<application android:icon="@drawable/icon" android:label="@string/app_name">
        <activity android:name=".Convert"
                <action android:name="android.intent.action.MAIN" />
                <category android:name="android.intent.category.LAUNCHER" />
    <uses-sdk android:minSdkVersion="9" />

The "package" attribute defines the base package for the following Java elements. "activity" defines an activity in this example pointing to the class "". For this class an intent filter is registered which defines that this activity is started ion the application starts (action android:name="android.intent.action.MAIN"). The category definition (category android:name="android.intent.category.LAUNCHER" ) defimes that this application is added to the application directory on the Android device. The @ values refer to resource files which contain the actual values. This makes it easy to provide different resources, e.g. strings, colors, icons, for different devices and makes it easy to translate applications.

1.5., Resources and Assets,

The directory "gen" in an Android project contains generated values. "" is a generated class which contains references to resources of the "res" folder in the project. System resources are maintained in the "res" directory and can be values, menus, layouts, icons or pictures or animations. These resources can for example be text or icons. If you create a new resources the corresponding reference is automatically created in The references are static int values, the Android system provides methods to access the corresponding resource. For example to access a String with the reference id "R.string.yourString" use the method getString(R.string.yourString)); Please do not try to modify "" manually. While "res" contains structured values which are known to the Android platform the directory "assets" can be used to store any kind of data. In Java you can access this data via the AssetsManager and the method getAssets().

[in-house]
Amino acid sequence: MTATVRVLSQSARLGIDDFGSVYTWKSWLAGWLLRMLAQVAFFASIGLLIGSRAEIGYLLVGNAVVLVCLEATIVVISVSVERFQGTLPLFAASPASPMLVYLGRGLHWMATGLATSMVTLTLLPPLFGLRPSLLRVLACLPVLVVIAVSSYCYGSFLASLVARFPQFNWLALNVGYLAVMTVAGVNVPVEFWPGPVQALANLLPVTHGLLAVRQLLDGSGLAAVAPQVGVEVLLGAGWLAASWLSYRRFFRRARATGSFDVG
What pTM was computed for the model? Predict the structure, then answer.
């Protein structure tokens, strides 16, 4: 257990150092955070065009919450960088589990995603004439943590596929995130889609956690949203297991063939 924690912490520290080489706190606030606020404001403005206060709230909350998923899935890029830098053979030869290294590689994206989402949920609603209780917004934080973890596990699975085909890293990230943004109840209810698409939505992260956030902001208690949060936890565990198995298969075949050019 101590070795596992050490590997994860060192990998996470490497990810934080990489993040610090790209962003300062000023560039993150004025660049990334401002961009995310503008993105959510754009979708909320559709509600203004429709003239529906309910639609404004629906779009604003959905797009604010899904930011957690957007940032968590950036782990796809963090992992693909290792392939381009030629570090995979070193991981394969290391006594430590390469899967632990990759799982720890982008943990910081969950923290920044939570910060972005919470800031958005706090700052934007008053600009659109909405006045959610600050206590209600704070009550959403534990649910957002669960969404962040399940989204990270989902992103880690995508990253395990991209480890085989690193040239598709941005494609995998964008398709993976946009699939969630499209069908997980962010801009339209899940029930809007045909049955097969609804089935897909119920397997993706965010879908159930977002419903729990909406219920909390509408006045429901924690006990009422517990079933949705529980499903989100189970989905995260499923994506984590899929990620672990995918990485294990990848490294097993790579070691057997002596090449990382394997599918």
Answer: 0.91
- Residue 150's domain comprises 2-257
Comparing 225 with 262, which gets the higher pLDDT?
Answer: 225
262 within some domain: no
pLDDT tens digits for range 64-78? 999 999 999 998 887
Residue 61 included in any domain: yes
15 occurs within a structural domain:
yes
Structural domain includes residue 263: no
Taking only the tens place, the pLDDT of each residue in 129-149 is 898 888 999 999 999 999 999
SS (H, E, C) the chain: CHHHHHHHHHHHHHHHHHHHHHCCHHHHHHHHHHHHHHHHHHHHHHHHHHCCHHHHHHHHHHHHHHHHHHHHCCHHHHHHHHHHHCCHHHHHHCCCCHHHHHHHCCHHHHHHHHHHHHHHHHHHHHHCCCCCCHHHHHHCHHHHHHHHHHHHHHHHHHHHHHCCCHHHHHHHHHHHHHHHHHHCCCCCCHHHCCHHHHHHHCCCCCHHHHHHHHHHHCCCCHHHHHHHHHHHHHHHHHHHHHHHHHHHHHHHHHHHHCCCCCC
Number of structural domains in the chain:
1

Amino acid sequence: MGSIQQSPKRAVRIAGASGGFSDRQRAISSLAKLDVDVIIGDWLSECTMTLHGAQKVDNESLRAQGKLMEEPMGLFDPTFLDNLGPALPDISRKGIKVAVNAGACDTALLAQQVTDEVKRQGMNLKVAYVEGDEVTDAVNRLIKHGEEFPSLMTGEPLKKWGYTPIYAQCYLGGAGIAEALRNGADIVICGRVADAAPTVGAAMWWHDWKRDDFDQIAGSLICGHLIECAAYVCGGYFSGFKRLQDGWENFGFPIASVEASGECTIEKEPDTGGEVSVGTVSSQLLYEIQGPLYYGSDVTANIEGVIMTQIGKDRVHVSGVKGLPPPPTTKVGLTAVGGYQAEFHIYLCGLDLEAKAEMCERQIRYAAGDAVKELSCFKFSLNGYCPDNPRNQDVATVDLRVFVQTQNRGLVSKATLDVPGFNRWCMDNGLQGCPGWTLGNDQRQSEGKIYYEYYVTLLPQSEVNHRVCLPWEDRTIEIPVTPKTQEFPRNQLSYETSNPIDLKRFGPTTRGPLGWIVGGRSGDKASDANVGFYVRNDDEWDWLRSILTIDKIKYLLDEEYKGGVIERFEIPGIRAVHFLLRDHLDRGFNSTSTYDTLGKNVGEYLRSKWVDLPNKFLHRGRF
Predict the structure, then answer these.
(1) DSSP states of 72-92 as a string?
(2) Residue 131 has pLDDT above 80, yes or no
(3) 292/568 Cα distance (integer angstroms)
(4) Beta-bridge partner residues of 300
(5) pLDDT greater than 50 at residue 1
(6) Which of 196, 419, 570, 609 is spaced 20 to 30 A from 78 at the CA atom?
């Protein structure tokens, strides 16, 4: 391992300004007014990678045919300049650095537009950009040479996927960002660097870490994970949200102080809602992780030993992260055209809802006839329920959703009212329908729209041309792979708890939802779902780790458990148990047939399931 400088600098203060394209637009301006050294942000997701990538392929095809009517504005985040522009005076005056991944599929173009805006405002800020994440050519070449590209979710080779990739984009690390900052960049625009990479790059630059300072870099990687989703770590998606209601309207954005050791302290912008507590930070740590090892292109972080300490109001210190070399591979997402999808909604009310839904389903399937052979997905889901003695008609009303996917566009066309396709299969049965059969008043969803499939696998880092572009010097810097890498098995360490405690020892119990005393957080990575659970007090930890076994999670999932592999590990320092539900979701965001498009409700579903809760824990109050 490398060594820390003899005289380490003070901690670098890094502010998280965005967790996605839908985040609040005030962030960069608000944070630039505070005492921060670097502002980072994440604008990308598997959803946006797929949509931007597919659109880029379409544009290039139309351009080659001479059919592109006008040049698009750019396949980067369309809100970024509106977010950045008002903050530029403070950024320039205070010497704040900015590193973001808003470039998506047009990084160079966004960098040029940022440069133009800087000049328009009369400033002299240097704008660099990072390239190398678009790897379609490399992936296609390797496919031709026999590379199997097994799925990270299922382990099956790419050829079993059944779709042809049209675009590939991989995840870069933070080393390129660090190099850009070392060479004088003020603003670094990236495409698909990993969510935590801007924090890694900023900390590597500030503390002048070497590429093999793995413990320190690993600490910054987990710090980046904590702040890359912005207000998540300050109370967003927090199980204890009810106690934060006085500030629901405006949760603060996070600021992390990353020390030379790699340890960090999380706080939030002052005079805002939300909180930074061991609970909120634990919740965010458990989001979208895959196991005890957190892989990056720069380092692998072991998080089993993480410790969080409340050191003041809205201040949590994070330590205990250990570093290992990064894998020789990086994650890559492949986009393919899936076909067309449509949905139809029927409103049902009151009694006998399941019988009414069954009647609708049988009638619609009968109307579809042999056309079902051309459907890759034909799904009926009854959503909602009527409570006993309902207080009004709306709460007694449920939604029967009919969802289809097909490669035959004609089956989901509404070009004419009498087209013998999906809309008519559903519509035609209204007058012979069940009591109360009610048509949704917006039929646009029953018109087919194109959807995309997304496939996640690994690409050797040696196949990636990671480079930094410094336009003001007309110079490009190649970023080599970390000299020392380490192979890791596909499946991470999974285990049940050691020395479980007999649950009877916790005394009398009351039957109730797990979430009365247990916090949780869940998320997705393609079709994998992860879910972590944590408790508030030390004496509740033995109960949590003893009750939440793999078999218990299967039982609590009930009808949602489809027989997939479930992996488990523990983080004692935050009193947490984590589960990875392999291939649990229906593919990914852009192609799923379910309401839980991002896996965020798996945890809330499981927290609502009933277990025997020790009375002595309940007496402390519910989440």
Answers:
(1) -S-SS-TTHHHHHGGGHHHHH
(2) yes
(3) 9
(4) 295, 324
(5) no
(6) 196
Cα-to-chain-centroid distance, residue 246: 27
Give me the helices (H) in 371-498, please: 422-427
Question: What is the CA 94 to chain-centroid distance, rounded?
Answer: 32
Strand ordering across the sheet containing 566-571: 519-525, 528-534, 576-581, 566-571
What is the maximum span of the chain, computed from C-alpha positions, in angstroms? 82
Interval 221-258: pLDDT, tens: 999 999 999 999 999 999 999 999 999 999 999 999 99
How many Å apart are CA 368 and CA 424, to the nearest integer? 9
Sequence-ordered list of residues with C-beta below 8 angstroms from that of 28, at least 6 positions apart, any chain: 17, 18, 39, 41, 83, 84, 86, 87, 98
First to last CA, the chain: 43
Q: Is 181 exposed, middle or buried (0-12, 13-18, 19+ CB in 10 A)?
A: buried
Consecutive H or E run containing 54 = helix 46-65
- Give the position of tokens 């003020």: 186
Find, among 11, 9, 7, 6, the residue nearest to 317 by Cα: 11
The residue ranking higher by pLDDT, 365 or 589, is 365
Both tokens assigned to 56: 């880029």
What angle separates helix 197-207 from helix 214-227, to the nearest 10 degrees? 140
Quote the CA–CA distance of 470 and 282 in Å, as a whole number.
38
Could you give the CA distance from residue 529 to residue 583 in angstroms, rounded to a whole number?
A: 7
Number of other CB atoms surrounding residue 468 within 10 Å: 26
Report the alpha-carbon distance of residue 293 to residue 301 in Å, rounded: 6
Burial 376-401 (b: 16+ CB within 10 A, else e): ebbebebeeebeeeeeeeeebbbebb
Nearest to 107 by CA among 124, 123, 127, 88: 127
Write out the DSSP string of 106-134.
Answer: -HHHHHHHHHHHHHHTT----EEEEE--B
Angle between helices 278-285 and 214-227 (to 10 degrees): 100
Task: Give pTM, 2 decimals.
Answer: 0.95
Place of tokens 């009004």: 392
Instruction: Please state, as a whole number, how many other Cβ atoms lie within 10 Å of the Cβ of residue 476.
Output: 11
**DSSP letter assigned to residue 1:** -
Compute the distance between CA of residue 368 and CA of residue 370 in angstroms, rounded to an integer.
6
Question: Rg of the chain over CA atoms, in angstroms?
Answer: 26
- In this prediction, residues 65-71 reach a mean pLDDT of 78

1.6. Activities and Layouts

The user interface for Activities is defined via layouts. Layouts are at runtime instances of "android.view.ViewGroups". The layout defines the UI elements, their properties and their arragement. UI elements are based on the class "android.view.View". ViewGroup is a subclass of View A and a layout can contain UI components (Views) or other layouts (ViewGroups). You should not nestle ViewGroups to deeply as his impact performance.
A layout can be defined via code at runtime or XML in a resource file in the folder "/res/layout". The XML way is usually preferred as this separates the programming logic from the layout definition and allow to define easily different layout resources from different devices. You can also mix both approaches.

1.7. Activities and Lifecyle

The operating system controls the life cycle of your application. At any time the Android system may stop or destroy your application, e.g. because of an incoming call. The Android system defines a life cycle for an activities via pre-defined methods. The most important methods are:

  • onSaveInstanceState() - called if the activity is stopped. Used to save data so that the activity can restore its states if re-started
  • onPause() - always called if the Activity ends, can be used to release ressource or save data
  • onResume() - called if the Activity is re-started, can be used to initiaze fields

1.8. Context

The class android.content.Context provides the connections to the Android system. Contexts provides the method getSystemService which allows to receive a manager object for the different hardware parts. As Activities and Services extend this class you can directly access the context via "this".


The following assume that you have already Eclipse installed. For details please see Eclipse Tutorial.

2.1. Android SDK

Download the Android SDK from the Android homepage under Android SDK download. The download contains a zip file which you can extract to any place in your file system, e.g. I placed it under "c:\android-sdk-windows" .